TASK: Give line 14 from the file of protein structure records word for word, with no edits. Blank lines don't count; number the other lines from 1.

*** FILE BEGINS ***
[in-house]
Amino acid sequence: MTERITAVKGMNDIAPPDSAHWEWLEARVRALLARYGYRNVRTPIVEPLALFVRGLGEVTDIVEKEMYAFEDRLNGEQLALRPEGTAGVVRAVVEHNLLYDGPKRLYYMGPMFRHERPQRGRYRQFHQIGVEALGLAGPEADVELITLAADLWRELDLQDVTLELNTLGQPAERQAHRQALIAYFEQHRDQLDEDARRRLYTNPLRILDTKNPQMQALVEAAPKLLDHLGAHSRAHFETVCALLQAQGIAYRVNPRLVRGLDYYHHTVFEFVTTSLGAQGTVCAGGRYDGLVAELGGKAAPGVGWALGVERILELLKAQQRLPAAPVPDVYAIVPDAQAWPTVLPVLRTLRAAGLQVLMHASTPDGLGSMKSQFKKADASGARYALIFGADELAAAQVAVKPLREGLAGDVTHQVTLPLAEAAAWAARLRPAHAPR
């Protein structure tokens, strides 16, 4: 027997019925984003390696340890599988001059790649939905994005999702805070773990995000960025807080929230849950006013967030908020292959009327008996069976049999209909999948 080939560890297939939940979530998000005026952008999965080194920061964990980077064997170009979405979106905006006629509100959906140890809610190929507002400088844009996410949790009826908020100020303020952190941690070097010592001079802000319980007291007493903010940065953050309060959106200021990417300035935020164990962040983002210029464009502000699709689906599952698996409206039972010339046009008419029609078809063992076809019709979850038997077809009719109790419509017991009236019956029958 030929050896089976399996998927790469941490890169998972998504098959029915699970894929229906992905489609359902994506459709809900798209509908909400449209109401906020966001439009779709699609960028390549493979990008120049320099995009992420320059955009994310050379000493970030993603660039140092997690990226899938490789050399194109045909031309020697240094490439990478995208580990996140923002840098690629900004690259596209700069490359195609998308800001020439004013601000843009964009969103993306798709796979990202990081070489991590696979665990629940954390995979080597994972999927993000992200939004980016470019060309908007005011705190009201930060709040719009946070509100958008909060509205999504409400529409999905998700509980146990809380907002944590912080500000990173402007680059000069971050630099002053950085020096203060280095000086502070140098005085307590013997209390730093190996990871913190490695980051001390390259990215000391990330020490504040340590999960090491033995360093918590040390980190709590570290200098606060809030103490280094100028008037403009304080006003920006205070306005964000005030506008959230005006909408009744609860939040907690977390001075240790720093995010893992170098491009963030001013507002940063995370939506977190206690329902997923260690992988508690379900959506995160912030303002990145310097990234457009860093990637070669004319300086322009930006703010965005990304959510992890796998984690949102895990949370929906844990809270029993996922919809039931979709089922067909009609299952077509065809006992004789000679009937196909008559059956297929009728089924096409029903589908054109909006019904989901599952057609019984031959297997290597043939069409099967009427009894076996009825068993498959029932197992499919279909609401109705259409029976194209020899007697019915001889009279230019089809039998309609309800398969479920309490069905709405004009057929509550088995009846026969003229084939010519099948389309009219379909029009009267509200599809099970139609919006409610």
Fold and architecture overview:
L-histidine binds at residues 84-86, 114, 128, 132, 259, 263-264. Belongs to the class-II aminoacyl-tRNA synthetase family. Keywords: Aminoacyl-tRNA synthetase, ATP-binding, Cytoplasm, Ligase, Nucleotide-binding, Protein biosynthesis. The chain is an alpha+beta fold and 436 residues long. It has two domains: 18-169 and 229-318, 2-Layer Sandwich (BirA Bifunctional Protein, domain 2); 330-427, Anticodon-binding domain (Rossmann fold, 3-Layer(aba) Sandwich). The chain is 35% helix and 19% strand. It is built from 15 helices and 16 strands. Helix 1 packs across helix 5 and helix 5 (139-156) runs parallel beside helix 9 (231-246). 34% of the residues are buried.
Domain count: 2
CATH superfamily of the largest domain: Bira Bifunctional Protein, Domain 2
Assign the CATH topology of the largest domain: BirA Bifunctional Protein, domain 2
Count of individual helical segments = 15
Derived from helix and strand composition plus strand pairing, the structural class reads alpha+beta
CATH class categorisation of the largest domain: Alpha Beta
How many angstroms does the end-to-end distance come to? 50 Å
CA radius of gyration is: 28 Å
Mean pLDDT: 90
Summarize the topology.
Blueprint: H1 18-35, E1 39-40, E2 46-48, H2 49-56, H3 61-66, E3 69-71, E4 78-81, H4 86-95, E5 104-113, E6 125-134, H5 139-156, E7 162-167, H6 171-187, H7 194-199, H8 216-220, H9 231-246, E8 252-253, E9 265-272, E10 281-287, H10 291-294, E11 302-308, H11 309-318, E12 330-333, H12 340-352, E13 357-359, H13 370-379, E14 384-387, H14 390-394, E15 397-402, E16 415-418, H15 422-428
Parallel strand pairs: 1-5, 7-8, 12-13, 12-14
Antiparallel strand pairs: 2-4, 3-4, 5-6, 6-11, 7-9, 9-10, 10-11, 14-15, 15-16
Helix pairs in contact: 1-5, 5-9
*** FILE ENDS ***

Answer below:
Mean pLDDT: 90